Wheatley: “Payne Fisher, who styled himself Paganus Piscator, was born in 1616, in Dorsetshire, and removed from Hart Hall, Oxford, of which he had been a commoner, to Magdalene College, Cambridge, in 1634, and there took a degree of B.A., and first discovered a turn for poetry. He was afterwards a captain in the King’s service at Marston Moor fight; but, leaving his command, employed his pen against the cause, which he had supported with his sword, and became a favourite of Cromwell’s. After the King’s return, he obtained a scanty subsistence by flattering men in power, and was frequently imprisoned for debt. He died, 1693, in the Fleet Prison. He published several poems, chiefly in Latin, and in 1682, printed a book of Heraldry, with the arms of such of the gentry as he had waited upon with presentation copies. He was a man of talents, but vain, unsteady, and conceited, and a great time-server.”
28 Jun 2013, 1:57 a.m. - Terry Foreman
Payne Fisher (1616–1693) was an English poet. In 1647 he moved from Oxon to Magdalene College, Cambridge. While at Cambridge he first developed 'a rambling head' and a turn for verse-making. He celebrated the victory of Dunkirk in an 'Epinicion vel elogium . . . Ludovici XIIII . . . pro nuperis victoriis in Flandria, praecipue pro desideratissima reductione Dunkirkæ captaa . . . sub confœderatis auspiciis Franco-Britannorum' (London ? 1655 ?). The book has a portrait of the French king in the beginning, and French verses in praise of the author at the end. Fisher afterwards presented Samuel Pepys with a copy of this work 'with his arms, and dedicated to me very handsome' (Diary, 14 June 1660).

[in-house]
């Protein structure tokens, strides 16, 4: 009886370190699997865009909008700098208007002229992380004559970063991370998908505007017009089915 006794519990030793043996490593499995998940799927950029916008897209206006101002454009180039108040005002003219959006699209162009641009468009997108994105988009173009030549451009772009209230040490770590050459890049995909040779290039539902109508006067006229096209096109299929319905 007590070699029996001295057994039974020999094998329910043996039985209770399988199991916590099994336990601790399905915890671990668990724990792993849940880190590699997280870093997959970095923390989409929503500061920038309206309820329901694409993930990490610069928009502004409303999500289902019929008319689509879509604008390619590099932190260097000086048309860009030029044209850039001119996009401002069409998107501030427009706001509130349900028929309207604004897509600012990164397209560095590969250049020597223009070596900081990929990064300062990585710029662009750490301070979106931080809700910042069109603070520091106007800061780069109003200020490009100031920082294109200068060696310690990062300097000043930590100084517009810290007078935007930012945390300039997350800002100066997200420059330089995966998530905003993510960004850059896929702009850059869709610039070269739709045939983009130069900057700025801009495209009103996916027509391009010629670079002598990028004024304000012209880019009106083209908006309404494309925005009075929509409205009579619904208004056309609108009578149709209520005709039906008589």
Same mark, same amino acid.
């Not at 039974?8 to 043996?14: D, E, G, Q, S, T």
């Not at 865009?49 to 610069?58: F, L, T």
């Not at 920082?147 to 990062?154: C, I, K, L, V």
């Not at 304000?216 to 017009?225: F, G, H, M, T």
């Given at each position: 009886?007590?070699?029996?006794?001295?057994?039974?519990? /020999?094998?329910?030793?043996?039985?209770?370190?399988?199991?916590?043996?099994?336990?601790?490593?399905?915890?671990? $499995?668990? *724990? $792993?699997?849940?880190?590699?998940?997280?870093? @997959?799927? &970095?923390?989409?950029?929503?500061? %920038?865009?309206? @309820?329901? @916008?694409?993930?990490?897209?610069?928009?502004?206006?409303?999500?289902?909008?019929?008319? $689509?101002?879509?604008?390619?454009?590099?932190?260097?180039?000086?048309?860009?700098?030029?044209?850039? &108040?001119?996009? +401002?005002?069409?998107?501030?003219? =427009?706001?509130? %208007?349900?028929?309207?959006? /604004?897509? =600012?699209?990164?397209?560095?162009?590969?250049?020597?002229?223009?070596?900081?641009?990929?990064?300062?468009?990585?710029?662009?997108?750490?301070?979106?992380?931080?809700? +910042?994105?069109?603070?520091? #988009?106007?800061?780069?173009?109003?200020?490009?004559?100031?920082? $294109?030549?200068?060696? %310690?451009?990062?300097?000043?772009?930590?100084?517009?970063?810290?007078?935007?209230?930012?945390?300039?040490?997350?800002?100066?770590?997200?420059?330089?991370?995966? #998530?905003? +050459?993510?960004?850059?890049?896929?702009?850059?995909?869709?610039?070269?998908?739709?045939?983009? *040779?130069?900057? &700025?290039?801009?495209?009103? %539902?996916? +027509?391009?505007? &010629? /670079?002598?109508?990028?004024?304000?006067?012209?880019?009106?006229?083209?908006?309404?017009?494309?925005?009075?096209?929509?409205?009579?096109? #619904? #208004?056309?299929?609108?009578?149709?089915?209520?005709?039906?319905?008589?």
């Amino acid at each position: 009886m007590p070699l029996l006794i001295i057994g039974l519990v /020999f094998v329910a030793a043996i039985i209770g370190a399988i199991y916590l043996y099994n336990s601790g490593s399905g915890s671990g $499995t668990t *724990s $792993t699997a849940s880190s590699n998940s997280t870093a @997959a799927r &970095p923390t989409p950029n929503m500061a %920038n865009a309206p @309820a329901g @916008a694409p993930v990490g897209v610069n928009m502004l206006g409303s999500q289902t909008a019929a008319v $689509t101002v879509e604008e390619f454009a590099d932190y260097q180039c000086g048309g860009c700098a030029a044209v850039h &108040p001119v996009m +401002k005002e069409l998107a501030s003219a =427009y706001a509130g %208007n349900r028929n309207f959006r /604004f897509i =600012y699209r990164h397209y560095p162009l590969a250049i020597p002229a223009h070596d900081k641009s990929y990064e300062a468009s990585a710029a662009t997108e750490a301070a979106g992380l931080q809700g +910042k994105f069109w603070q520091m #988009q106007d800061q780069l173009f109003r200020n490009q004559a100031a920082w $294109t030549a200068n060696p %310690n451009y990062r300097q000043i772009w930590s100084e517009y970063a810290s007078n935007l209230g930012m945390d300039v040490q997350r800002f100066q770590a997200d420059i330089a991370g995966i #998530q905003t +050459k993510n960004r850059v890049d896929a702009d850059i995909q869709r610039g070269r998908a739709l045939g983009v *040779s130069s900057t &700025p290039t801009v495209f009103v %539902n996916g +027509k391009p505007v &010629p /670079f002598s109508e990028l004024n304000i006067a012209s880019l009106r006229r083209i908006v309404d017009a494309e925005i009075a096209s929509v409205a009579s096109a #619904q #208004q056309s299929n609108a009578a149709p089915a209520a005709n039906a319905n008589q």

Chart showing the number of references in each month of the diary’s entries.